The army of the Marauders, led by by King Terak and the witch Charal attack the Ewoks village. The parents and the brother of Cindel all die in this attack. Cindel and the Ewok Wicket ... See full summary »
C-3PO and R2-D2 are on their way to Biitu to meet their new master, Mungo Baobab, when their ship is attacked and they are taken prisoner. Biitu has been taken over by the giant mechanical ... See full summary »
Clive A. Smith
Long John Baldry,
Artoo, Threepio and a broken down android are traded into the hands of young miner Jann Tosh. The android turns out to be an alien with amnesia and a price on his head. It is in fact Mon ... See full summary »
Morag the Tulga Witch seeks revenge on her old enemy Logray, shaman of the Ewoks, who holds the magic Sunstar while she possesses it's darker half, the Shadowstone. The Witch unleashes her ... See full summary »
The Towani family civilian shuttlecraft crashes on the forest moon of Endor. The four Towani's are separated. Jermitt and Catarine, the mother and father are captured by the giant Gorax, and Mace and Cindel, the son and daughter, are missing when they are captured. The next day, the Ewok Deej is looking for his two sons when they find Cindel all alone in the shuttle (Mace and Cindel were looking for the transmitter to send a distress call), when Mace appears with his emergency blaster. Eventually, the four-year old Cindel is able to convince the teenage Mace that the Ewoks are nice. Then, the Ewoks and the Towani's go on an adventure to find the elder Towanis. Written by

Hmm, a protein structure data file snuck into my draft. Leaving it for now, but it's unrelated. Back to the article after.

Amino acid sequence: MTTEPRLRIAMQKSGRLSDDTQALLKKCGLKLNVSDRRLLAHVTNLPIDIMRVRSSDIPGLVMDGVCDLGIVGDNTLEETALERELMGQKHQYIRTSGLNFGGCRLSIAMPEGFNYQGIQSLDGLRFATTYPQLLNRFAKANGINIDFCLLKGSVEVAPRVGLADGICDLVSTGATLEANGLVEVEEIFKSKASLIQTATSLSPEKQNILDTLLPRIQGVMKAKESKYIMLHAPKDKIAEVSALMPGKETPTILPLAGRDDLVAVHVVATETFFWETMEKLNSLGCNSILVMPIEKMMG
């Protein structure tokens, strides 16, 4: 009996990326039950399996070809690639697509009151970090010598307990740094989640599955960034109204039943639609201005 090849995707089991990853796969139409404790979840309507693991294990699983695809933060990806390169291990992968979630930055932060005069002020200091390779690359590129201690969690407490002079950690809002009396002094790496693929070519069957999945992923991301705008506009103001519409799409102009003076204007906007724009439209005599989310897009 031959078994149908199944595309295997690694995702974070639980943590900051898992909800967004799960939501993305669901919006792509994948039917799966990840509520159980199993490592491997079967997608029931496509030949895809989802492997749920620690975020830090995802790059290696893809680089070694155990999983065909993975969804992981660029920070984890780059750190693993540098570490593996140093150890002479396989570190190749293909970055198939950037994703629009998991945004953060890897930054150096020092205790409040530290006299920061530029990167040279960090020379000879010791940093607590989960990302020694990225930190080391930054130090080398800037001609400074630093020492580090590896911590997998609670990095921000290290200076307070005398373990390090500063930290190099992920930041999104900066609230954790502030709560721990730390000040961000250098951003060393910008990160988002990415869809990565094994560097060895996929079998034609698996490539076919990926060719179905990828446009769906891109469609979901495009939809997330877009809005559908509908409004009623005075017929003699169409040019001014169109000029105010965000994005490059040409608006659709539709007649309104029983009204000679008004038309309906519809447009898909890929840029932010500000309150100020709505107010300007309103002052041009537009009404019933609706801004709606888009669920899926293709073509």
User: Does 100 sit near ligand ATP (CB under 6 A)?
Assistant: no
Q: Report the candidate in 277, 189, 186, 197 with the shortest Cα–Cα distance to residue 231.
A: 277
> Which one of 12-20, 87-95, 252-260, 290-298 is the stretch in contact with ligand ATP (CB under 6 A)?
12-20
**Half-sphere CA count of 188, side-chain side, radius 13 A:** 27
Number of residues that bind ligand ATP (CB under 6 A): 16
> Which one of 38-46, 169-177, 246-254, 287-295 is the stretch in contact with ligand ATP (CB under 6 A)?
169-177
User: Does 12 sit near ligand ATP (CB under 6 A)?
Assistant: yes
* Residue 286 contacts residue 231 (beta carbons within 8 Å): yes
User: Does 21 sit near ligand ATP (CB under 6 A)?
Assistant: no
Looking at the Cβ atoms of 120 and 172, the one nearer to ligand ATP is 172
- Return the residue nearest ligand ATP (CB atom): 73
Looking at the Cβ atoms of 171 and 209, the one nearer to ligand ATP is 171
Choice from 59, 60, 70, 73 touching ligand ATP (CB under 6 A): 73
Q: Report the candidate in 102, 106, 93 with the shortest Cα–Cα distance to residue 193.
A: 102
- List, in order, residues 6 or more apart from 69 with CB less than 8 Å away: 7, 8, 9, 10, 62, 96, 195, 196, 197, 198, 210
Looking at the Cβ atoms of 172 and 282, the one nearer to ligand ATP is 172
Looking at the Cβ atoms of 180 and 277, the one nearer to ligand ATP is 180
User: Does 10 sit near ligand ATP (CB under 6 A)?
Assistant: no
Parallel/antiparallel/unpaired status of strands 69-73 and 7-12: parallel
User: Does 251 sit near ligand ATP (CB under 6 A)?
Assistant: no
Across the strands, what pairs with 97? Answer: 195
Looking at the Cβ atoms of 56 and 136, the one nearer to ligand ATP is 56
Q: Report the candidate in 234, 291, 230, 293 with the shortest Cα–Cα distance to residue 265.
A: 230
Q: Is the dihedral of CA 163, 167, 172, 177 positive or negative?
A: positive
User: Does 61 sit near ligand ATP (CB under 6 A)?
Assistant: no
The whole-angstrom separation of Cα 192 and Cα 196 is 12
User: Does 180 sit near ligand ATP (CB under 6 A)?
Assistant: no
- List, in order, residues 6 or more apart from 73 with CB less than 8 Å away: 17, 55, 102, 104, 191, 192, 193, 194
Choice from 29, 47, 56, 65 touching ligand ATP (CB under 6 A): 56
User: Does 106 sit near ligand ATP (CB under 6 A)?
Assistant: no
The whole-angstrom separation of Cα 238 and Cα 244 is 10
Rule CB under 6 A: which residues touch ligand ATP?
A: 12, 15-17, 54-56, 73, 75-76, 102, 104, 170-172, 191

Grand Admiral Murphy
The Ewok language was based on Tibetan. See more »
Towards the end of the movie, Mace throws an ax into the back of Gorax's head, and it sticks inside. Then the next two shots showing that part of the Gorax's head shows no ax sticking out of the Gorax's head. See more »
Listen, as soon as I get my gun, we're history, we're outta this place.
Why can't we stay here with them?
Stay here with these walking hairbrushes? Come on Cindel, the're animals.
See more »
I bought the DVD, feeling that the nostalgia of watching this when I was 9 with my little sister was worth the 10 bucks. I even joked with a young couple at the check-out counter, (who remembered the movies), about how we all liked it as kids.
What I didn't expect was that the movie would hold up after all these years, and mind you, I haven't seen this since the mid or late 80s.
A lot of movies we liked as kids age badly due to the fact that we all grow up. But I found The Ewok Adventure, now called Caravan of Courage, to be just as exciting, fun and charming at 29 as I found the film when I first saw it 20 or so years ago when it debut. I think that's a compliment given to only the very best of films.
There is some, (not all), stop-motion animation special effects that have aged to be sure, but that is to be expected of a made-for-TV movie with a decidedly less expensive budget than the actual Star Wars films. Most of the time, I was impressed that the Star Wars magic extended beyond the big screen and onto a TV movie.
When Return of the Jedi came out, I was like a lot of other hardcore Star Wars fans: I didn't like the seemingly overused furry creatures. I wanted more Han Solo and Darth Vader and lightsaber battles. I've lightened up on the little guys, but I don't think hardcore Star Wars fans have anything to fear though. I found the Ewoks to be even more endearing, brave and charming in their own adventures, which play off as a kind of Goonies: Star Wars style.
Above all, I recommend this movie to anyone because it's one of those special films, (like the original Star Wars movies themselves), that entertain adults and kids. The film has great characters, has a very fast pace, has a good story and is nicely acted. In other words, it's a winner.
And for 10 bucks, I don't know that I ever spent 10 bucks as well as I did when I picked up this DVD---which also features the sequel that I can now see for the first time. Definitely worth watching and buying.
24 of 32 people found this review helpful.
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